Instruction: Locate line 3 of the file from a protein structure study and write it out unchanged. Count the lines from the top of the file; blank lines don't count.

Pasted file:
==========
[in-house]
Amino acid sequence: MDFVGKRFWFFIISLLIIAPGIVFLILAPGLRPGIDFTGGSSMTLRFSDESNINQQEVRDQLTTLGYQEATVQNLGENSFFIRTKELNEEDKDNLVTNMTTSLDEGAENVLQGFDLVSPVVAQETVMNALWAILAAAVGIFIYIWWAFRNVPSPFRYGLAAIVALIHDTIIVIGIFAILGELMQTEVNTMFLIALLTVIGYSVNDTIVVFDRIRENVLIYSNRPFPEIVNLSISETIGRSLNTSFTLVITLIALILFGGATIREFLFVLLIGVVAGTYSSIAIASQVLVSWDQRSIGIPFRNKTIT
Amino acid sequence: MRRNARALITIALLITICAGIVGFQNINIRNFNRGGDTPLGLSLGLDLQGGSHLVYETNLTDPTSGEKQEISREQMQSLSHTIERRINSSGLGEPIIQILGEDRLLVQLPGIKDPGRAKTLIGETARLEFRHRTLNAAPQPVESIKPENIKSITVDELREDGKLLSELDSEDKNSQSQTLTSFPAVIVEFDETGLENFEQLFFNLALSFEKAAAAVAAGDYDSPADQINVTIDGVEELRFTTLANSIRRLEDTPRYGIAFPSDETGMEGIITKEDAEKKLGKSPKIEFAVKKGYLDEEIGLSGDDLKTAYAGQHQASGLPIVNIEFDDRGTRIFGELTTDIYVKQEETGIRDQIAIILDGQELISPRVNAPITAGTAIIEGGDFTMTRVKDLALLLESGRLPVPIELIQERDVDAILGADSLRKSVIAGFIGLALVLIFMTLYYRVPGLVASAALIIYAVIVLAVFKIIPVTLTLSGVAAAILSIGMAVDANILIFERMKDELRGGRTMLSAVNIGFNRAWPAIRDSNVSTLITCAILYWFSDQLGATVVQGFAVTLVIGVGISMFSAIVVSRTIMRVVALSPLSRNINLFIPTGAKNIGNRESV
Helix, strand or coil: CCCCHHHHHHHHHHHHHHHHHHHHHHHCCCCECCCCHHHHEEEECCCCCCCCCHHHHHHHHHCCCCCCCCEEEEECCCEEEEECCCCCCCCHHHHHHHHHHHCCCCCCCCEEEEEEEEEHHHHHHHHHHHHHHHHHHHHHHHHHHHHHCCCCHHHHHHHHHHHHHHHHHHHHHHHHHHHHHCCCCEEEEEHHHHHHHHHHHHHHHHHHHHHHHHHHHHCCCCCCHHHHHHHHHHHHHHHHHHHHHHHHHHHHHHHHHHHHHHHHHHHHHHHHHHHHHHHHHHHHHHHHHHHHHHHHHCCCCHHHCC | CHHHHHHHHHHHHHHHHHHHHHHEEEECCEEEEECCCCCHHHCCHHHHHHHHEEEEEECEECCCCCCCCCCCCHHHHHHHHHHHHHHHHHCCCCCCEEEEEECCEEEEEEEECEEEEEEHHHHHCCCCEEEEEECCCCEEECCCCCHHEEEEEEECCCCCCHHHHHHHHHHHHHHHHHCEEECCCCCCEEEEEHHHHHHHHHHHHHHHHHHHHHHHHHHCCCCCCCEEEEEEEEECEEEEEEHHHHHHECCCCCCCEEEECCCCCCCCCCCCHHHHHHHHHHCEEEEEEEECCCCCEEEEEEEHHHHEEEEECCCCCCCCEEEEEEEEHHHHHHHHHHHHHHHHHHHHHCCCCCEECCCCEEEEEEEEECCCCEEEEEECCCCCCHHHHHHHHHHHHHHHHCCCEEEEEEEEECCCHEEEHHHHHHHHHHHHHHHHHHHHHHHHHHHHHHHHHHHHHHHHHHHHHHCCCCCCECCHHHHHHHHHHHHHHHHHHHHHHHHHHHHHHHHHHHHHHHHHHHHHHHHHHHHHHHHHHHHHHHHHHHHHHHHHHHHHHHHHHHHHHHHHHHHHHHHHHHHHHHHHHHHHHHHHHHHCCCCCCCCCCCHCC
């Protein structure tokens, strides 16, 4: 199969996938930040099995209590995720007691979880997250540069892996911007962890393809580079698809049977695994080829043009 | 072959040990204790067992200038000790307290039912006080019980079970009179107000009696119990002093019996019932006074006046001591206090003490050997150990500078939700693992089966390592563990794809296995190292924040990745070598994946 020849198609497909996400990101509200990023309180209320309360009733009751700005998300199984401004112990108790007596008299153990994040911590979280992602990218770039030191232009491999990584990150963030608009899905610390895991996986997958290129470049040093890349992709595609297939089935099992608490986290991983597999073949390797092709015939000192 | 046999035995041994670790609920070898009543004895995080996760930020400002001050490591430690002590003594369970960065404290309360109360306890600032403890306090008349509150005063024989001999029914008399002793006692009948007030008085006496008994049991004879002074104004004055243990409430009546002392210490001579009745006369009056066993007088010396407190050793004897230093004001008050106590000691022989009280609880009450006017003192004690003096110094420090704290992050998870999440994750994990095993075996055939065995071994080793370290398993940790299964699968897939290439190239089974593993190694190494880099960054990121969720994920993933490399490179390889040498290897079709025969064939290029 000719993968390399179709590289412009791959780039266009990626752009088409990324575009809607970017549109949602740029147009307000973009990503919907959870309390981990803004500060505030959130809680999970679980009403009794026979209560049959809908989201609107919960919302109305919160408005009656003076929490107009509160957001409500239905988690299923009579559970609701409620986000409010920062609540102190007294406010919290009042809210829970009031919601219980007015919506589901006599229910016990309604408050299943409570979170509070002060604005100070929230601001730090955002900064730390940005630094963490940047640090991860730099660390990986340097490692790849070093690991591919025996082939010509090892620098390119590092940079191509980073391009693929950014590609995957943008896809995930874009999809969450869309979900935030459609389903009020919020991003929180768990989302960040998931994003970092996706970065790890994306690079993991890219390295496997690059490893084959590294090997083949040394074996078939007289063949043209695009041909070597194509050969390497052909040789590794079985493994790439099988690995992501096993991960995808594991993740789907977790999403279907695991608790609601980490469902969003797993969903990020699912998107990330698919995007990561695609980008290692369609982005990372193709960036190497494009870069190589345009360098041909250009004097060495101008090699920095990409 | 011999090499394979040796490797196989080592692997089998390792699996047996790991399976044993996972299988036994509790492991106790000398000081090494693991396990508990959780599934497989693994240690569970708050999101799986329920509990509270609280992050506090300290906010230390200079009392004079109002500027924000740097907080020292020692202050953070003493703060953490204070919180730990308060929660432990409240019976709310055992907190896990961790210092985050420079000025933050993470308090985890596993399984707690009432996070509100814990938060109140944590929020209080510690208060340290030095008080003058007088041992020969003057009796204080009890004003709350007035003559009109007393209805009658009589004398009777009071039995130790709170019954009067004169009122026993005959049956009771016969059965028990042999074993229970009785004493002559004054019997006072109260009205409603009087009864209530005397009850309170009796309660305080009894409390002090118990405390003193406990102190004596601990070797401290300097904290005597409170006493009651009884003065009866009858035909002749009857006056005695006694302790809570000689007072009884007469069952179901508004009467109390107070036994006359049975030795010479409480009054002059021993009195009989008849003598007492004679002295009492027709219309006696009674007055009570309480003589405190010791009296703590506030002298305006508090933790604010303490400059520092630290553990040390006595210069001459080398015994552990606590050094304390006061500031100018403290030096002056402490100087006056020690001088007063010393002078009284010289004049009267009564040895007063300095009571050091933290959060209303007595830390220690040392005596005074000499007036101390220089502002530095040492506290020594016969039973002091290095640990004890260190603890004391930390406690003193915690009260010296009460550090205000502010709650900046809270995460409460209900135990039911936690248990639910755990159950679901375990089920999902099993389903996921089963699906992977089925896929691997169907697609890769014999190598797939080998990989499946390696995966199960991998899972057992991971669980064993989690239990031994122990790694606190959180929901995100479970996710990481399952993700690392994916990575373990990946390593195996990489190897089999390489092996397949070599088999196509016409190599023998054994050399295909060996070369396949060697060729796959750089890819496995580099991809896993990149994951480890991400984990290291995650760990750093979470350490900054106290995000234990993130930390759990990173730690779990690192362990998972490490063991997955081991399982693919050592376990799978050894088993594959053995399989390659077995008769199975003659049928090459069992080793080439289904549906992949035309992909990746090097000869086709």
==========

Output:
Amino acid sequence: MRRNARALITIALLITICAGIVGFQNINIRNFNRGGDTPLGLSLGLDLQGGSHLVYETNLTDPTSGEKQEISREQMQSLSHTIERRINSSGLGEPIIQILGEDRLLVQLPGIKDPGRAKTLIGETARLEFRHRTLNAAPQPVESIKPENIKSITVDELREDGKLLSELDSEDKNSQSQTLTSFPAVIVEFDETGLENFEQLFFNLALSFEKAAAAVAAGDYDSPADQINVTIDGVEELRFTTLANSIRRLEDTPRYGIAFPSDETGMEGIITKEDAEKKLGKSPKIEFAVKKGYLDEEIGLSGDDLKTAYAGQHQASGLPIVNIEFDDRGTRIFGELTTDIYVKQEETGIRDQIAIILDGQELISPRVNAPITAGTAIIEGGDFTMTRVKDLALLLESGRLPVPIELIQERDVDAILGADSLRKSVIAGFIGLALVLIFMTLYYRVPGLVASAALIIYAVIVLAVFKIIPVTLTLSGVAAAILSIGMAVDANILIFERMKDELRGGRTMLSAVNIGFNRAWPAIRDSNVSTLITCAILYWFSDQLGATVVQGFAVTLVIGVGISMFSAIVVSRTIMRVVALSPLSRNINLFIPTGAKNIGNRESV